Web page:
Peter Beck has long maintained he has no desire to buy a ticket on Virgin Galactic.
Yesterday, as he unveiled his company's crew-capable Neutron, he was again asked if he would want to leave Earth's orbit.
The 40m tall Neutron is due to blast off in 2024.
It will be funded by about US$750m ($1027m) from Rocket Lab's pending listing on the Nasdaq stock exchange at US$4.1 billion ($6b) valuation.
Beck told journalists that the Neutron's first missions from 2024 would be to lift fleets of satellites into space - the new rocket will be able to handle payloads of up to 8 tonnes, or 8000kg, compared to the 300kg manifests its current 18m Electron can send into orbit.
But in the years ahead, he sees it being used for crewed missions and ferrying supplies everywhere from the International Space Station to the moon and Mars.
So, will Beck hop aboard?
In short, nope. "I'm in no rush to go to space, to be honest with you," the entrepreneur said yesterday.
"I think I probably understand the risks too well.
"I'm one of those guys who sits in an aircraft and looks out a window, counting the fatigue cycles on the wing - knowing that the safety factor is 1.2 on this and 1.3 on that. So I'd not make a good passenger on a launch vehicle."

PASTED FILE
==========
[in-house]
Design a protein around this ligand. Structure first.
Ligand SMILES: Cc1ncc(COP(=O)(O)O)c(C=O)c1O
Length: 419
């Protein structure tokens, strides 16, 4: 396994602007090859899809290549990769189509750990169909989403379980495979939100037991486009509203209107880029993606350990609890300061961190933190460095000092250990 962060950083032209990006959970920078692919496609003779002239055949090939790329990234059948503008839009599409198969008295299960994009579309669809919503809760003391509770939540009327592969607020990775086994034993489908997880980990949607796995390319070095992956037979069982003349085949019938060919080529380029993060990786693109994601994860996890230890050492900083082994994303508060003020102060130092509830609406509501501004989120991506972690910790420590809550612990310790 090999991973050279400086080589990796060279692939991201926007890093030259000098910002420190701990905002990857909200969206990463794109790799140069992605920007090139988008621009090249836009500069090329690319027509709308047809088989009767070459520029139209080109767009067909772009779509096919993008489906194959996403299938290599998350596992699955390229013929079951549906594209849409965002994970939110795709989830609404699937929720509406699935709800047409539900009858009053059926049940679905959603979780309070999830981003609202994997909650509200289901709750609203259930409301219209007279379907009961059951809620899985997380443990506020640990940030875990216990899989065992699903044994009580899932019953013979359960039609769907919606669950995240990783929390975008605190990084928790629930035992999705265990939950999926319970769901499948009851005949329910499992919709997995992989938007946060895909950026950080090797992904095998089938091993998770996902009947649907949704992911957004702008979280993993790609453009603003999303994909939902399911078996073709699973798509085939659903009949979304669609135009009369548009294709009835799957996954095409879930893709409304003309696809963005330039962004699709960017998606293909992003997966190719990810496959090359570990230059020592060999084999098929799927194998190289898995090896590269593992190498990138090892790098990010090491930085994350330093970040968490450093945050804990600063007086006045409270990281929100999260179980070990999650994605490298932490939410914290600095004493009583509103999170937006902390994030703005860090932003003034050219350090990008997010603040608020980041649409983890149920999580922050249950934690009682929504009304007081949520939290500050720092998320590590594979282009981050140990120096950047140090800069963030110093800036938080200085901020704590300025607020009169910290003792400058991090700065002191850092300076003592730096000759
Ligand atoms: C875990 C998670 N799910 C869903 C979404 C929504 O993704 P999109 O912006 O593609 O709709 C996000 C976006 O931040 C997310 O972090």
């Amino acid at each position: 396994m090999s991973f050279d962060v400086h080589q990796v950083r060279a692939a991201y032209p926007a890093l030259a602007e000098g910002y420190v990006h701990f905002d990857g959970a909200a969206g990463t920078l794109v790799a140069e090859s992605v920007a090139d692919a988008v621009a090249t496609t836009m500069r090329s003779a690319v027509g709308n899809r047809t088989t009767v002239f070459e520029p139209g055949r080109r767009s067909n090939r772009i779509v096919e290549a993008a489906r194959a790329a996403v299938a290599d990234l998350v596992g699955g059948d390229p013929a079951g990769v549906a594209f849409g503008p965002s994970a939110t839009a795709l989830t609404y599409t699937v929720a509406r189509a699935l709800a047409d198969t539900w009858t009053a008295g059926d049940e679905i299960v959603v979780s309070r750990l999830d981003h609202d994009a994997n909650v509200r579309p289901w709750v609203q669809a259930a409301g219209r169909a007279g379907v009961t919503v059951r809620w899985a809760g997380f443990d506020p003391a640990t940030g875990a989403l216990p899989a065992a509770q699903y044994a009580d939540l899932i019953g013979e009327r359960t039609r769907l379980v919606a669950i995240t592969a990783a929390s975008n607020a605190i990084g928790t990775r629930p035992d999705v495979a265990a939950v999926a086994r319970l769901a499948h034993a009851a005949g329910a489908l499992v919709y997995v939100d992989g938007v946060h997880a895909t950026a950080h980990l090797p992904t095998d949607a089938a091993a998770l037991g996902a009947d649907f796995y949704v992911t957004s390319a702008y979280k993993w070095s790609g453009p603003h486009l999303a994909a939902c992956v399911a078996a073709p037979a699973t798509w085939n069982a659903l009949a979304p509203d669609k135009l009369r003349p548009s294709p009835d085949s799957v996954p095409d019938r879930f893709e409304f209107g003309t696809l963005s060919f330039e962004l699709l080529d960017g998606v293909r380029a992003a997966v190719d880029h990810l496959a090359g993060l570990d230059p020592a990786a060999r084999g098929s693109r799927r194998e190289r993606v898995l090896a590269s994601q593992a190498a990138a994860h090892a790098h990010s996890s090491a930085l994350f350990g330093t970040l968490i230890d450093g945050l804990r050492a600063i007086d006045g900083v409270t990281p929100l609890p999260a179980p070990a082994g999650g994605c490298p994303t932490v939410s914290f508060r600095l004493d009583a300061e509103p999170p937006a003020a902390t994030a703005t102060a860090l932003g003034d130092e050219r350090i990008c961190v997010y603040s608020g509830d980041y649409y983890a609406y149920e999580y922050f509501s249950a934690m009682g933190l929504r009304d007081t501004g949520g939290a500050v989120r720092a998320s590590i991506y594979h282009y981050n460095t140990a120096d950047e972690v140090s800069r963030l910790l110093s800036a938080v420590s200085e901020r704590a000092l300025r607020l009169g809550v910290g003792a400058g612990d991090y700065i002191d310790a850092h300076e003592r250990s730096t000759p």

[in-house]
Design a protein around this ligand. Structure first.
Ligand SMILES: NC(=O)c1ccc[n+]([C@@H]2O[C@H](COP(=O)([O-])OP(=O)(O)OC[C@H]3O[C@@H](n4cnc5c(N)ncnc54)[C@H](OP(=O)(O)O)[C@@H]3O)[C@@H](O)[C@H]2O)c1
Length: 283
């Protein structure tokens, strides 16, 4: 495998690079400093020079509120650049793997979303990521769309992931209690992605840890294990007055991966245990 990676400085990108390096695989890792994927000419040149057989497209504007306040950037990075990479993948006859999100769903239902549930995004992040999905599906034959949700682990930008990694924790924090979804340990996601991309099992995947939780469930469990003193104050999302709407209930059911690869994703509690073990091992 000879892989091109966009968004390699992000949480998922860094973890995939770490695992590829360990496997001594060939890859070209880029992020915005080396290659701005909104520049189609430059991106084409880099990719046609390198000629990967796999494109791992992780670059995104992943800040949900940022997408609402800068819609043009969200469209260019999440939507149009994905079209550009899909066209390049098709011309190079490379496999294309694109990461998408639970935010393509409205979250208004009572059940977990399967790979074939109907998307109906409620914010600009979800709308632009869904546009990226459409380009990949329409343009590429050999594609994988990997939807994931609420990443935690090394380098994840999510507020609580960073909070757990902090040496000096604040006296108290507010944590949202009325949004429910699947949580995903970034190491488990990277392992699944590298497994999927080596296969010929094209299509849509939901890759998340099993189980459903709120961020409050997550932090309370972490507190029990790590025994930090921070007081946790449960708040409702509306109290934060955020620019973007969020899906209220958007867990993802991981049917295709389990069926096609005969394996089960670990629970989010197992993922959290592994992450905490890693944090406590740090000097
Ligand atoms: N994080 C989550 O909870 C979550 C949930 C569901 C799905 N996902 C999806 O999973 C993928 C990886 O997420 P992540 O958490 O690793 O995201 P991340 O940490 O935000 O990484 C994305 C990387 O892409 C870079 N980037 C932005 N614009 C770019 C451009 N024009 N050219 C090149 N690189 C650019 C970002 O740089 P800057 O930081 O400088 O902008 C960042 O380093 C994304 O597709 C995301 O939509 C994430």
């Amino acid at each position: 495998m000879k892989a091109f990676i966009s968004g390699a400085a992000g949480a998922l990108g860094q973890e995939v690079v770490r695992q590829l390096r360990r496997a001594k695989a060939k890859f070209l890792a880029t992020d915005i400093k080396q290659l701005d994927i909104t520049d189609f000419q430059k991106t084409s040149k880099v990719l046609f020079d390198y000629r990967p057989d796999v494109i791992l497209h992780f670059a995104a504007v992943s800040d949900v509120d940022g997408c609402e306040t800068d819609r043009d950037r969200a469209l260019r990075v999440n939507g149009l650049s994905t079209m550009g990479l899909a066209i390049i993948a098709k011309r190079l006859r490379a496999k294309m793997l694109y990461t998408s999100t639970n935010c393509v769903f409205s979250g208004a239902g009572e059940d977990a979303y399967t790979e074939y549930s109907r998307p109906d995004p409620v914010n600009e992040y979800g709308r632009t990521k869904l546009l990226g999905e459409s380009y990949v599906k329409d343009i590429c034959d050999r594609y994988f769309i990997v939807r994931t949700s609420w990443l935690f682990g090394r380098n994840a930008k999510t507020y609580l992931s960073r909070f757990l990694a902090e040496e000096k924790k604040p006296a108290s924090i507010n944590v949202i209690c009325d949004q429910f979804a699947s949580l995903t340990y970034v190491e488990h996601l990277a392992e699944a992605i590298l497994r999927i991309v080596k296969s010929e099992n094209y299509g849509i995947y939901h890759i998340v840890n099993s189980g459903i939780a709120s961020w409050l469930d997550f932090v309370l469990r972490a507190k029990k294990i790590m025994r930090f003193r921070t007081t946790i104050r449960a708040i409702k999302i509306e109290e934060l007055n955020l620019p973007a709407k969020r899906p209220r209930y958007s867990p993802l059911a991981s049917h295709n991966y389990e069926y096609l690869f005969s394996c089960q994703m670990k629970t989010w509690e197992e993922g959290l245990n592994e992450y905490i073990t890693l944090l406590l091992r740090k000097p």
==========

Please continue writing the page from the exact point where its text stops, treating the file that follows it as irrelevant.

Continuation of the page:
Beck's early-stage Rocket Lab collaborator Mark Rocket still plans to fly into space, however.
Rocket (born Mark Stevens) still has his US$200,000 Virgin Galactic ticket, but recently told the Herald that the space tourism venture has been delayed, yet again, this time by Covid.
Two of Rocket Lab's 18 Electron flights have failed.
The first was the Electron's maiden test flight, It's a Test, in May 2017, when the decision was made (the Herald understands by a regulator) over what was believed to be a safety concern over down-range tracking. It later transpired, however, that It's a Test was being properly tracked.
The second was in July last year, when the Pic Or It Didn't Happen mission suffered a wiring fault that caused its second-stage engine to switch off prematurely about five-and-a-half minutes after the rocket took off.
Beck mused afterwards: "There are thousands of ways a launch can go wrong, and only one way it can go right".
Rival Space X has had a number of mission failures - or learning experiences, as owner Elon Musk prefers to style them. The latest was on February 15 this year when a Falcon 9 booster went off course.
Musk took a wee jab at Rocket Lab yesterday as it moved onto his turf with the announcement of its larger rocket.
"Looks familiar haha," the Space X founder tweeted after pictures of the Neutron emerged.
But he added, "Nonetheless, the right move. Congrats to Rocket Lab."
Musk, by the way, not only wants to go to space but has also said he will probably move to Mars one day.